Thoughts from our Experts
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Project Management for eLearning
What does good look like? And who decides that anyway?
When we talk about project management for elearning, the discussion often centres on established development processes like ADDIE, or some of variation on it; but what I find lacking in many of the project management methodologies and/or elearning development models is the concept of quality management. Who decides what good looks like? And at what point? And where is the learner in this discussion?
To me, these are the most important questions, because it is in the process of “acceptance” that projects get into trouble. In other words, you deliver something to the client/approver (or, in the end, the learner), and they don’t accept it. In their minds, it is not “good” enough; and so begins the discussion on what good looks like, which takes time (of which there is never enough) and resources (ditto).
How did this happen?!
Let’s look at how the problem arises, and then some techniques for preventing it:
The first part of the problem lies in the waterfall approach that most project management methodologies prescribe, including ADDIE. Their founding principle is this: Once you produce a deliverable, there is no going back (other than on a superficial level to correct mistakes, add a bit here and/or take out a bit there). This approach is prescribed because it seemingly strengthens the “control” aspect of project management, and control is important.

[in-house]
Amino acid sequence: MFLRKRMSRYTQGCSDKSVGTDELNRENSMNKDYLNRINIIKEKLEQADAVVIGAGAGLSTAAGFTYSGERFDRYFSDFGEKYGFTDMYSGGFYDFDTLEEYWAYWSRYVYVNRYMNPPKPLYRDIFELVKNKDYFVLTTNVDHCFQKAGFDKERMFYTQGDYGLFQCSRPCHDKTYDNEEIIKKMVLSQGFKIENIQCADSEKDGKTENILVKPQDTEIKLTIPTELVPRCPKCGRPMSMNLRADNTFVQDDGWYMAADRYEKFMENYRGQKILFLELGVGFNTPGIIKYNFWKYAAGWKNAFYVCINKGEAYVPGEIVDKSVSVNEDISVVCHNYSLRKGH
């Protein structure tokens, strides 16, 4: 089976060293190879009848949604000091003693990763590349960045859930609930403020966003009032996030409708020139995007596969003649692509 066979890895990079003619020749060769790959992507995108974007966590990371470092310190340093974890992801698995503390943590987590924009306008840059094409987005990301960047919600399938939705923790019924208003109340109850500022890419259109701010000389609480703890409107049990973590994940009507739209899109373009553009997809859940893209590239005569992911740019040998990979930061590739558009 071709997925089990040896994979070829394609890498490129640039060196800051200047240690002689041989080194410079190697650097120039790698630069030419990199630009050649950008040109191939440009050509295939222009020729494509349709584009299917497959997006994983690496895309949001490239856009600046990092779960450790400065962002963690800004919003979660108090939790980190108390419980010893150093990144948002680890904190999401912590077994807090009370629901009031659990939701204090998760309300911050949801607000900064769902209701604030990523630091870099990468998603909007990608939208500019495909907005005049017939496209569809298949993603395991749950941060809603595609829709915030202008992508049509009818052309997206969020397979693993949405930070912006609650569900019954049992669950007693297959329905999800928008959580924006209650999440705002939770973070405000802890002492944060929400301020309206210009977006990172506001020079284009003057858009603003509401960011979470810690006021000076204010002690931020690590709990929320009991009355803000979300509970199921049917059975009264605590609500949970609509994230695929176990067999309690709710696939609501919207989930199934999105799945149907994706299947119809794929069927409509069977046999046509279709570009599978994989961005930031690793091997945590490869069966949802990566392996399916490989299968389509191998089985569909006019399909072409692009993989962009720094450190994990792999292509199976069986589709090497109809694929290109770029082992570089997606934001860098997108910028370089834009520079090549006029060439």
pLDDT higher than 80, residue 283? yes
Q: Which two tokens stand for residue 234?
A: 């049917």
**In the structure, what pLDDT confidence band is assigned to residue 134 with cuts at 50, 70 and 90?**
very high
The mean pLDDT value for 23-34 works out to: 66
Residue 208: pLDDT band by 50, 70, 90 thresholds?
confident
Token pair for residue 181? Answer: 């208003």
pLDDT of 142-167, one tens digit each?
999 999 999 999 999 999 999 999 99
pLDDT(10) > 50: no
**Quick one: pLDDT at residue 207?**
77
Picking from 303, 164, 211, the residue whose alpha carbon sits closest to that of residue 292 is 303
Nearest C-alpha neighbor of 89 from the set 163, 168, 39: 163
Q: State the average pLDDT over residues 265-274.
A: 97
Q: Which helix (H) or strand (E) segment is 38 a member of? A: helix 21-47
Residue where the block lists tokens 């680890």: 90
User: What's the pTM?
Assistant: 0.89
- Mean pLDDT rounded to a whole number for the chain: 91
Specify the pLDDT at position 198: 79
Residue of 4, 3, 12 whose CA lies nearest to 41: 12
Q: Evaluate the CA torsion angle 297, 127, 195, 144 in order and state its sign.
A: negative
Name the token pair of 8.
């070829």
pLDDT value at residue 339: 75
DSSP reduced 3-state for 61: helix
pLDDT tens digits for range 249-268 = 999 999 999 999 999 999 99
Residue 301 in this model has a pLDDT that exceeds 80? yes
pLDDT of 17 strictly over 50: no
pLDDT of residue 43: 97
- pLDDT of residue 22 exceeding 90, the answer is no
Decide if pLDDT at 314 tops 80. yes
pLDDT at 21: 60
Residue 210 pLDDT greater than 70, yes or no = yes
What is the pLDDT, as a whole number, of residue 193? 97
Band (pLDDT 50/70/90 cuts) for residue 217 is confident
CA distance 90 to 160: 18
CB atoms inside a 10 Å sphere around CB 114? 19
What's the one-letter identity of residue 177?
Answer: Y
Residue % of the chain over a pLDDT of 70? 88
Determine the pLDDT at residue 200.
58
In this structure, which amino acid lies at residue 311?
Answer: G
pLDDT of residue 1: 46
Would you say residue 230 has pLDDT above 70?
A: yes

This would be wonderful, if only it was workable; but consider that in elearning projects, we are often creating something entirely new out of something that either does not exist (new online training) or exists in an entirely different form (an existing classroom course). So while ADDIE correctly allows for the client and project teams to incrementally design the new course, there are still quantum leaps from concept (the storyboard) to actual design/development (the completed modules). It is during these leaps that expectations can get out of whack.
Let’s use the storyboard to full development leap as an example. Client stakeholders review a large document (the storyboard) that contains wonderful text-based descriptions of images and interactivity. Visions of colour, interactivity, and soundtracks dance in their heads; and, so, it is approved. However, when they see a fully developed module, it may be VERY different from what they thought would come out of the storyboards. They raise this with you, the project manager, and you correctly point out that, no, the module is exactly as described in the storyboard; and you are technically right, but the client/approver is also right. Now we have a problem.
The issue ultimately comes down to managing expectations with the main project stakeholders and ensuring that we get informed acceptance on a deliverable. To do this, we need to challenge traditional methodologies like ADDIE, and make them more iterative.
Here are two simple, yet highly effective quality management techniques that work to do just that:
In the traditional ADDIE approach, creative design and development doesn’t happen until all instructional design and storyboarding has been completed and approved. This is a problem, since the project is way too far along in terms of budget and schedule at this point, especially considering that the instructional design and storyboarding phases are usually carried out by just one resource, the instructional designer, so you cannot easily speed it up. So, by the time the first module is programmed, it can be well past the half-way point of your project, and you are likely in no position to deal with acceptance problems.